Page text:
Scotland politics

Willie Rennie makes education funding pledge

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Media captionWillie Rennie: "We want to invest a modest one penny on income tax to deliver £2.5bn of investment for nursery schools and colleges."

The Scottish Liberal Democrat leader has pledged that education funding would rise every year if his party forms the next Scottish government.

Willie Rennie wants to increase income tax rates by 1p in order to raise £2.5bn for nurseries and colleges over the next five years.

It would also pay for a "pupil premium" for pupils who need extra help.

But Mr Rennie admitted he could not ensure councils spent the extra money on education.

All of Scotland's main political parties have put education at the heart of their campaigns ahead of the Holyrood election on 5 May.

  • The SNP has pledged to use Holyrood's new powers to ensure "all our young people start their working lives with the best possible opportunities and an equal chance of success".
  • Labour has said it would raise money for education and other local services by increasing income tax rates by 1p, with a 5p increase in the top rate for those earning more than £150,000.
  • The Conservatives want graduates to pay back £6,000 towards their education once they are earning more than £20,000 a year, with the money going towards post-16 education and increasing bursaries for disadvantaged students.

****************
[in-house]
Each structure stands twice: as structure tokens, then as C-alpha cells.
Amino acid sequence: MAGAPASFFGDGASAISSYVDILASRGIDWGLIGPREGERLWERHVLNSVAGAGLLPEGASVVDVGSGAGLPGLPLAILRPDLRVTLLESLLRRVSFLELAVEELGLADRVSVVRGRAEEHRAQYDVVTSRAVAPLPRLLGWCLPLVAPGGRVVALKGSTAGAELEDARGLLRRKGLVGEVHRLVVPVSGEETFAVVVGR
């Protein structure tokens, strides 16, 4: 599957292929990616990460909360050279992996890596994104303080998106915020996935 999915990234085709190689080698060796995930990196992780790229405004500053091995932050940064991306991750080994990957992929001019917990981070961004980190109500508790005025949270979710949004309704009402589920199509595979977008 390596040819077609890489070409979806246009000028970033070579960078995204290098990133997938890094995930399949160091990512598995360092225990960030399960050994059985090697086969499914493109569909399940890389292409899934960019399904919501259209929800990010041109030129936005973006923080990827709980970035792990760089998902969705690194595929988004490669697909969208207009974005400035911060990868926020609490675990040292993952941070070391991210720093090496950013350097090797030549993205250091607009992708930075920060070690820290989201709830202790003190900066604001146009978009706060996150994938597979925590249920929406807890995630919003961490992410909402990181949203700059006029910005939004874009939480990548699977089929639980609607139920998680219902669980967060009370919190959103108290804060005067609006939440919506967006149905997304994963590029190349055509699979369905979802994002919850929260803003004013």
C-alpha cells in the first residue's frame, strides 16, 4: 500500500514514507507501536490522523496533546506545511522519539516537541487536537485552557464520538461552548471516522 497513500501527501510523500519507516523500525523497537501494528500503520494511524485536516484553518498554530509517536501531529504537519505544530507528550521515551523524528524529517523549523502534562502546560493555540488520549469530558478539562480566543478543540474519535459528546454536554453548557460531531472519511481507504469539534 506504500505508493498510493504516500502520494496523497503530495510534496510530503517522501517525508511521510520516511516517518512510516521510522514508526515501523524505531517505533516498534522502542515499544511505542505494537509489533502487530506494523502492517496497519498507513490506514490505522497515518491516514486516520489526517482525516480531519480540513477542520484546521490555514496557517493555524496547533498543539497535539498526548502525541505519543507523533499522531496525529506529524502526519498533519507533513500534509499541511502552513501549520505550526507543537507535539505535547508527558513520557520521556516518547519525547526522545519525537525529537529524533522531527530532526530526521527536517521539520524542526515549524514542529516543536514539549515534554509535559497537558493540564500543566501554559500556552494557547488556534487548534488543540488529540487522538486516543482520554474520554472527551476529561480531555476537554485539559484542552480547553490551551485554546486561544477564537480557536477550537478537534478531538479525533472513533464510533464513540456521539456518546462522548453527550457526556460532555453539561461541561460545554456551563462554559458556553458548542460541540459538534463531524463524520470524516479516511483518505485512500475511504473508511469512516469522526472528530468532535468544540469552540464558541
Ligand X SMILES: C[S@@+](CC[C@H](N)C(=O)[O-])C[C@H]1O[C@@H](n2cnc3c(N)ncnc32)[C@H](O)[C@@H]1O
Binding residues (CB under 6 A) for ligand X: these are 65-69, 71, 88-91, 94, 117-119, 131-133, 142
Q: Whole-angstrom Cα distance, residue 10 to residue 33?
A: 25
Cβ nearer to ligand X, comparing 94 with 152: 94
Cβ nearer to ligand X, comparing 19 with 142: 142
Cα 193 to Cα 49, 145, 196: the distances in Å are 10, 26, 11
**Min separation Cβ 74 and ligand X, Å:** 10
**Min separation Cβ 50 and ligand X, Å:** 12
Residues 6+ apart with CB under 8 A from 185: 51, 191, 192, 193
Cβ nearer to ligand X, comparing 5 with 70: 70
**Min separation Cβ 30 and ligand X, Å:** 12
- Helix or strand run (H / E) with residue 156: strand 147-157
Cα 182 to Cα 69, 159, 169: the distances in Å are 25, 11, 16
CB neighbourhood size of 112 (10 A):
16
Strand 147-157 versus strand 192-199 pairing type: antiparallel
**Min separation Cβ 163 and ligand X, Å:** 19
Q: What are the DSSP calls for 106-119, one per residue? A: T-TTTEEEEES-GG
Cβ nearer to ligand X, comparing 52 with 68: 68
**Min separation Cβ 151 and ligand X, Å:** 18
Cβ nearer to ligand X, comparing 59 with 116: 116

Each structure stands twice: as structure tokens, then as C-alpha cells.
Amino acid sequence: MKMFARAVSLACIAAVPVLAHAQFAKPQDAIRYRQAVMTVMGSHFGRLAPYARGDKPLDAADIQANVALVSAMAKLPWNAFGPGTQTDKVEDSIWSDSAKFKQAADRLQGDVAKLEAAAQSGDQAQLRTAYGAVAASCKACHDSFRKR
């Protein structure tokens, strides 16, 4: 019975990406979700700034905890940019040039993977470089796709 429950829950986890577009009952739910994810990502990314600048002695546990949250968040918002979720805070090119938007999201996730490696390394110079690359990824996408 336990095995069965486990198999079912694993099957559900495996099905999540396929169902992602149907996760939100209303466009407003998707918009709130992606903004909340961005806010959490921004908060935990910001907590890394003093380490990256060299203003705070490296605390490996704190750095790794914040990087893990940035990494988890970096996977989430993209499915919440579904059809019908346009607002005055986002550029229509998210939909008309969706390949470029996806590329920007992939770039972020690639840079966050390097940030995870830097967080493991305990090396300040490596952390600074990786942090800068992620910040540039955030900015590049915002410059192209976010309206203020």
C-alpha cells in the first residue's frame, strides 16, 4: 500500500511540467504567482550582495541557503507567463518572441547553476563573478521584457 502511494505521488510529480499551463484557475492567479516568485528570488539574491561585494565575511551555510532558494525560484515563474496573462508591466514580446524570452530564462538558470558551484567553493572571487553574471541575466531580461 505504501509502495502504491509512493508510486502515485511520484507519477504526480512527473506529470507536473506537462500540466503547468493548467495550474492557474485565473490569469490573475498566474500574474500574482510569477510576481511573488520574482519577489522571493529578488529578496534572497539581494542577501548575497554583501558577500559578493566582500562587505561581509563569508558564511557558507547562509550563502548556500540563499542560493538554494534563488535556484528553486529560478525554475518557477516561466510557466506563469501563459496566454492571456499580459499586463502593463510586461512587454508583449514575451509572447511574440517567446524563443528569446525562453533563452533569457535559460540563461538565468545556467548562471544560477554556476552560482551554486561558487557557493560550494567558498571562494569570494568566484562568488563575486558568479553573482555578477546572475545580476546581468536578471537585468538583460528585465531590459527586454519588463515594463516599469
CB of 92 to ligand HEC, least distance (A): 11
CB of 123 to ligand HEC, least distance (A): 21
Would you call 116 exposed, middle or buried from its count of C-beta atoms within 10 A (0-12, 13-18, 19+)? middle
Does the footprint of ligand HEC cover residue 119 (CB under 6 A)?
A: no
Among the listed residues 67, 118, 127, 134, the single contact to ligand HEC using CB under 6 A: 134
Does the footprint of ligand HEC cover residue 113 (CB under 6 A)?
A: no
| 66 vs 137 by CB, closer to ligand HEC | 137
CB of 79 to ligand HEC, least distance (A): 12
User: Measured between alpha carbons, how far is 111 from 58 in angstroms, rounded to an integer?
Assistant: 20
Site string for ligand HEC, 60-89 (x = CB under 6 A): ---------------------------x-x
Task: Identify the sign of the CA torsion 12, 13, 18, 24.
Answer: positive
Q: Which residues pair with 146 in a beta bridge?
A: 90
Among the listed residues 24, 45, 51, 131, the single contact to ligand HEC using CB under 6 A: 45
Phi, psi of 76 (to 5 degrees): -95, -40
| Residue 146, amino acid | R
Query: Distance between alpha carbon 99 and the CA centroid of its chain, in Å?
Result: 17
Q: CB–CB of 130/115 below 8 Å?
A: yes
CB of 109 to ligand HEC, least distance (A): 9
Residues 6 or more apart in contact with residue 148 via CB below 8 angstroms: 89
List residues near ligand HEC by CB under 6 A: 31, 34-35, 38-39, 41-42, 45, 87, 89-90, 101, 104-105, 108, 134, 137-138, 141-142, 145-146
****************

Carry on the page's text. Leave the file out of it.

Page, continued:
The Liberal Democrats have said they would "reverse the damage of SNP cuts" to schools and colleges, and extend free nursery provision to all two-year-olds.

Mr Rennie told the BBC's Good Morning Scotland programme that increasing income tax rates by 1p would raise £475m every year - £170m of which would go towards his party's flagship "pupil premium" plan.

The scheme would be worth £1,400 for primary pupils who require extra support and £900 for secondary pupils from disadvantaged backgrounds.

Mr Rennie said the pupil premium "would be part of the council spending programme and it would include the part of the £2.5bn over the five years".

'Top priorities'

Asked if he would guarantee a real-terms increase in education funding, Mr Rennie replied: "Yes we would."

However, he would not guarantee that local authorities would ring-fence the additional cash for education.

He said: "Since half of what councils do is education, I think it would be one of their top priorities to invest it in schools.

"We want to trust local authorities to be able to invest in areas within their communities.

"I believe that, especially with Liberal Democrats in charge of local authorities, that investment will go directly to schools."

Mr Rennie said councils "would see the sense" of using the money to invest in education.

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